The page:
cloudhiking - maps and adventure guides

Site Links


Contact Us









Friends' Links

Appalachia & Beyond

Family Wilds


Marking My Territory

Outcast Hikers


656 La Luz Trail - Sandia Mountain 2012-06-10

the lower La Luz trail on Sandia Mtn

After recuperating a day from the drive from Nashville to Albuquerque, we headed to the Sandia Mountains to hike the famous La Luz Trail. The Sandia Mountains line the north-east side of Albuquerque, New Mexico. The vertical rise is over 3,600 feet in a distance of seven miles and the lower section of the trail is hot and exposed. There is however a snack bar and great views at the top!

Arriving at the trailhead at 0630, there were a few other cars already in the parking area. Still others arrived a few minutes later. As we readied ourselves to start the hike, we noticed a large group was gathering. Though we never talked to any of the hikers, we assumed it was a "Meet-Up" group. Amy and I were determined to leave the trailhead before the large group. Throwing things into our packs we ran, leaving the trailhead seconds before the group. We definitely did not want to hike behind a group of sixteen.

Leaving the trailhead, I checked the GPS. I thought that I had turned it on earlier, but now it was off. Puzzled, I tried to start it again. Normally, I would have stopped and tinkered with the unit, but remember the group of sixteen breathing down our necks? While walking I tried to discover and fix the problem. I soon decided that batteries were the most likely culprit, so I changed them with a fresh set. It still did not work. Finally, I took the batteries from the other GPS and placed them in the faulty unit. Once again, it did not work. Luckily, REI, the store where we purchased the GPS, was close by. We would visit the store later that afternoon after the hike.

The cool morning air let us set a good pace, but we were still regularly passed by trail runners. A big race, which follows the trail, was coming soon. The runners were training as they buzzed by us. In the meantime, we were just trying to make it up the seven mile trail and our first visit to 10,000 feet this year.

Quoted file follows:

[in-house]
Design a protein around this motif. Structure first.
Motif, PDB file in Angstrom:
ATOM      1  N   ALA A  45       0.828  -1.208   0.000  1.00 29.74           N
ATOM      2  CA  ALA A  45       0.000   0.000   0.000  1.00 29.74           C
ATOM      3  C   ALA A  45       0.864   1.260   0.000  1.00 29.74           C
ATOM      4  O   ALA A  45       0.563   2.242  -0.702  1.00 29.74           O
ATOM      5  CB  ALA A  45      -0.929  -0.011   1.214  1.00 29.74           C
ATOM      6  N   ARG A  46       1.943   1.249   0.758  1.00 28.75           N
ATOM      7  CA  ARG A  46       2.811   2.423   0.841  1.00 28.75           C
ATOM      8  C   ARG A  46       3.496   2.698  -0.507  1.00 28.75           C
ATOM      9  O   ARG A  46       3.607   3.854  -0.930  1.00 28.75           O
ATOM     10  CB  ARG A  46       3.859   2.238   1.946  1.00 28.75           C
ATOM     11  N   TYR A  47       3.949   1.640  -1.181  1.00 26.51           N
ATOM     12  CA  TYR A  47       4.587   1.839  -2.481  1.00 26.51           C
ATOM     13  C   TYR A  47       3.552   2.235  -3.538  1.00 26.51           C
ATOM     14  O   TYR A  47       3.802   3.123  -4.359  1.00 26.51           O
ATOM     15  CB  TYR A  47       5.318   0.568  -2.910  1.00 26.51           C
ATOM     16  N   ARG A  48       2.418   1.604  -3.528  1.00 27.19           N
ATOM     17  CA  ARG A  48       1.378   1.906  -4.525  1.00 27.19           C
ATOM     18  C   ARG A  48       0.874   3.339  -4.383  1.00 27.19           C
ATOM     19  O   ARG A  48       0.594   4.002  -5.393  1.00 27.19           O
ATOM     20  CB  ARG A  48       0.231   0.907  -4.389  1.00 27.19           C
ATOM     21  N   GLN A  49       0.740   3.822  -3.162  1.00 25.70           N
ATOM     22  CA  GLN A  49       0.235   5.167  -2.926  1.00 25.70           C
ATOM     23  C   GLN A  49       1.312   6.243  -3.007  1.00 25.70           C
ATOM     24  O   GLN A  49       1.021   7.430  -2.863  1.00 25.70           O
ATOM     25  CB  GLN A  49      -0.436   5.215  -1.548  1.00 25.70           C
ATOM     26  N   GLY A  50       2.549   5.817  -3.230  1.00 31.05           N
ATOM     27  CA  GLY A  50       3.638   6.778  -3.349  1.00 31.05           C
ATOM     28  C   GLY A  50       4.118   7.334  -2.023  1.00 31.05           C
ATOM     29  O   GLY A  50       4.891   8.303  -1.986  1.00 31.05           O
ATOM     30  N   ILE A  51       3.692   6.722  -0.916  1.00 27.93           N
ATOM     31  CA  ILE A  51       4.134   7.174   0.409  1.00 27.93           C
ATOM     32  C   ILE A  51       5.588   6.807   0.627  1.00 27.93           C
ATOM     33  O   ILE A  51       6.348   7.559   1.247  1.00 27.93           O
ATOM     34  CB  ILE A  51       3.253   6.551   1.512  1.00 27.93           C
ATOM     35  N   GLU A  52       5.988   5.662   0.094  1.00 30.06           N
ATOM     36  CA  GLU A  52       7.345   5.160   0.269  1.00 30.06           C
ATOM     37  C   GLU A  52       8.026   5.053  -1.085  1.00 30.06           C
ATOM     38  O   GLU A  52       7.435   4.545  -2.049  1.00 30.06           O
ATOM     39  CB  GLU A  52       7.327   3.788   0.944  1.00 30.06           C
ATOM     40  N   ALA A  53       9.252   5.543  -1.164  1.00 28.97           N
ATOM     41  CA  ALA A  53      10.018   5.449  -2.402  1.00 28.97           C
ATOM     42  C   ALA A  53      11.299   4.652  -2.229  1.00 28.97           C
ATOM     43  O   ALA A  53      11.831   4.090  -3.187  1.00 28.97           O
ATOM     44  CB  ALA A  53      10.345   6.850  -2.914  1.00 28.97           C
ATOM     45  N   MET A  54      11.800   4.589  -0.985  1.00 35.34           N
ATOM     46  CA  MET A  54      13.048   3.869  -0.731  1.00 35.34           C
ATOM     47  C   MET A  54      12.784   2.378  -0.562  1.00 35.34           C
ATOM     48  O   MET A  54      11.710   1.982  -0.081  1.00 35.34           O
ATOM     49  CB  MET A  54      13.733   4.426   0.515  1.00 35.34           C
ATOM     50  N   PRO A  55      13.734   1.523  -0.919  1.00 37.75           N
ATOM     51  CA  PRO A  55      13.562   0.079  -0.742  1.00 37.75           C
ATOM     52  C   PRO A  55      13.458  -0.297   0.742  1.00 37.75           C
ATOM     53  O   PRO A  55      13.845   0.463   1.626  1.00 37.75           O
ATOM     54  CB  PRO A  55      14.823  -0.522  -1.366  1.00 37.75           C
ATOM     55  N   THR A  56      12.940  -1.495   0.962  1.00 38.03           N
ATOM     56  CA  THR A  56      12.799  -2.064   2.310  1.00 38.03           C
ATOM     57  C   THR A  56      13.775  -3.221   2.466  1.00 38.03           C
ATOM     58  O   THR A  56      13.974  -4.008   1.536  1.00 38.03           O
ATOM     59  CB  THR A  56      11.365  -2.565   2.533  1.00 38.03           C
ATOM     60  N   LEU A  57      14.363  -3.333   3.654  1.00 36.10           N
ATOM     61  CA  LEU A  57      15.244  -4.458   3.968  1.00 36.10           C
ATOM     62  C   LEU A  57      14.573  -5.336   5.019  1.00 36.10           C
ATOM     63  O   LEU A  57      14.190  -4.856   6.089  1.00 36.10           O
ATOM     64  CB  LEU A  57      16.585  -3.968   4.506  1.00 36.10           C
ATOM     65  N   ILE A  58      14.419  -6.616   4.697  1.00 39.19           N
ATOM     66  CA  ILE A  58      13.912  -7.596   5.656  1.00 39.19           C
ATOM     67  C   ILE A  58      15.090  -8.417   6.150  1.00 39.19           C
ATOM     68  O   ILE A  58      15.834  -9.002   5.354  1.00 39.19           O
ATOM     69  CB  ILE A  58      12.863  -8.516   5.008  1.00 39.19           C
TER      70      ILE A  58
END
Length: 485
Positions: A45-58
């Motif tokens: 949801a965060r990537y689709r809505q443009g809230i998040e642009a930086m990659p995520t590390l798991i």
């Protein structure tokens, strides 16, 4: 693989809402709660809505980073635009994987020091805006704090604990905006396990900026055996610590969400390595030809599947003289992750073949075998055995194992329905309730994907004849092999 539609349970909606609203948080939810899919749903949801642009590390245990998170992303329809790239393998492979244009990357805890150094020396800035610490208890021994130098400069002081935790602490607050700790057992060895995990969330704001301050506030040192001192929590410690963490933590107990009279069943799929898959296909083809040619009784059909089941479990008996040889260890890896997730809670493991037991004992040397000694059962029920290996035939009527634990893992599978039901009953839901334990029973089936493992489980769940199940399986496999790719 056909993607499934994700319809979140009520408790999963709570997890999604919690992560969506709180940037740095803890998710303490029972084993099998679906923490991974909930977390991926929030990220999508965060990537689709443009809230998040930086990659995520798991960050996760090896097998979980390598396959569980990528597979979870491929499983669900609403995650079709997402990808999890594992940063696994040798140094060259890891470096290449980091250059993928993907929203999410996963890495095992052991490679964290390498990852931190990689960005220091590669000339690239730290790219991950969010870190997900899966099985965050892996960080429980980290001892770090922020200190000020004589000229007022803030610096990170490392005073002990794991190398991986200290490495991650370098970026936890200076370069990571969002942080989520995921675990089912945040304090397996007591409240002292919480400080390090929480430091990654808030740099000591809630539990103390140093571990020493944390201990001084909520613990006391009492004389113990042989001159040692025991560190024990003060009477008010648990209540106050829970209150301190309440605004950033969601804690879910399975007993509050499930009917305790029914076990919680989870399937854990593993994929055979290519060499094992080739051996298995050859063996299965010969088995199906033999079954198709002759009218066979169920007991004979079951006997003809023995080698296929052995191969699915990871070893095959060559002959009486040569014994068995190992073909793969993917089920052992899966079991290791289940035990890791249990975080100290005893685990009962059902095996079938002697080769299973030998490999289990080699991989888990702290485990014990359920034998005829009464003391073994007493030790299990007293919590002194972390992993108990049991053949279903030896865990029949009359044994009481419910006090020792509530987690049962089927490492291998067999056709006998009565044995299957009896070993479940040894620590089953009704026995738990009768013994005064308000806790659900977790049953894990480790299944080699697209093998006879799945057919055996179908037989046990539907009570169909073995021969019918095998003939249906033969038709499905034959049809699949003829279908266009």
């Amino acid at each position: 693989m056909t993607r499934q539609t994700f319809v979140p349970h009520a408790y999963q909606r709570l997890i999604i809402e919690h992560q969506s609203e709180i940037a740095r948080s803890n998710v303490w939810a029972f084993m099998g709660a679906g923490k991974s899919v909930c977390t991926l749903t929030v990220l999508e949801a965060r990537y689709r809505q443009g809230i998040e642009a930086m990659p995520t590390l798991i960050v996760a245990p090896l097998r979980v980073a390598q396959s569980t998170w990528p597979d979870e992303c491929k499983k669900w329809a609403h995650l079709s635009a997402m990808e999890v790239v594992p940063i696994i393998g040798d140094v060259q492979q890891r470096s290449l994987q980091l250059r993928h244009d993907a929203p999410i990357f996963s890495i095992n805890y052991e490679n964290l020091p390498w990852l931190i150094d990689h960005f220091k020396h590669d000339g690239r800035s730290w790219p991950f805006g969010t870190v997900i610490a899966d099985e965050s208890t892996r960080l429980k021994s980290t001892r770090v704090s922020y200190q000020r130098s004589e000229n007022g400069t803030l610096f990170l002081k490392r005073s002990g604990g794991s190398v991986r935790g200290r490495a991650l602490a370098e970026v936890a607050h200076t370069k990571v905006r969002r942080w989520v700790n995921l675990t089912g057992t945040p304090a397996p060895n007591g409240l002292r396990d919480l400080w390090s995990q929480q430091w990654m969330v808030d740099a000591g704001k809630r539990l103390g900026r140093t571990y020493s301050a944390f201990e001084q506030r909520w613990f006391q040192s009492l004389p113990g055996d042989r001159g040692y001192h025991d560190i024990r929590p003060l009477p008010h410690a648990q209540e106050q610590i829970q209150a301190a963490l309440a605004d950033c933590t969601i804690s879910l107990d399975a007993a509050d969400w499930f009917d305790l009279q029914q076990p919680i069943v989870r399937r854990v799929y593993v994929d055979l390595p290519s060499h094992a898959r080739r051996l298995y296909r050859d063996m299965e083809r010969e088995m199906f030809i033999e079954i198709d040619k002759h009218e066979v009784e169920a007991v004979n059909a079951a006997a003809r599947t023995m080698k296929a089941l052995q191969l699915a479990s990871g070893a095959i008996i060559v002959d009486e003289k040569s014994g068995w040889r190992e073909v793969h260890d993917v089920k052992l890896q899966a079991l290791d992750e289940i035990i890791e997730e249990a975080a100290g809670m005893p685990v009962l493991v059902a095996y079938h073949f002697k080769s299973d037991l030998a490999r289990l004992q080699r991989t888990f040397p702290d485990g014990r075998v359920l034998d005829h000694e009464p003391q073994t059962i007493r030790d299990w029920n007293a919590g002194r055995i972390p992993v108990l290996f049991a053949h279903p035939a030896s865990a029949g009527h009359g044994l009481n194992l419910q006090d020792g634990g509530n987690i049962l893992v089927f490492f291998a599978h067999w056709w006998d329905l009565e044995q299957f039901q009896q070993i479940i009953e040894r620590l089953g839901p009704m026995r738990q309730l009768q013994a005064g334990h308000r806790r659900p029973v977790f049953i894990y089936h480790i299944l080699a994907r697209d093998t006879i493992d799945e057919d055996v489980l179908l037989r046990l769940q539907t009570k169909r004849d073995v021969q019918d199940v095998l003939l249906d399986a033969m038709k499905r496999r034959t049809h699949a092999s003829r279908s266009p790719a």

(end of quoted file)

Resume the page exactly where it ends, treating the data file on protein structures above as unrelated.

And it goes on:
At the summit, we visited the snack bar. It was not as nice as the one on top of Pikes Peak, but it was still nice. We bought a couple of cookies and most importantly water, even though we typically don't like to support bottled water. On the hike up the mountain we did not see any water sources and we needed extra water for the hot hike down the mountain. The only polite way for us to get water was to purchase it. I will say it was cold, tasty, and had a Sandia Crest Label. I think we saved one.

We hardly met anyone on the trail up the mountain, but we met many folks on the way down. A couple of the stories will be told later, but in general, it was hot, really hot (to us, unacclimated easterners, at least). To help control our body temperatures we slowed our pace and we were able to experience many sights we missed on the hike up, like it or not.

We returned to the car shortly after noon. It was a welcome sight.

The La Luz Trail is a great hike. The lower section of the trail is a very moderate grade and the upper portion is only a bit steeper. The upper section crosses many scree, talus, and boulderfields. There is a lot of hiking on loose rocks. We sort of like moving over the stones but others find it tiresome.

If you are ever visiting Albuquerque - hike the La Luz. It is a classic. Start early and remember that it climbs over 3,000 feet and is a fourteen mile, round trip. For easterners, you might feel the effects of the altitude (10,678) and you will definitely feel the effects of the heat if you hike during the summer.

Happy La Luz Trails


Name (required):

Comment (required):

Please Introduce Secure Code: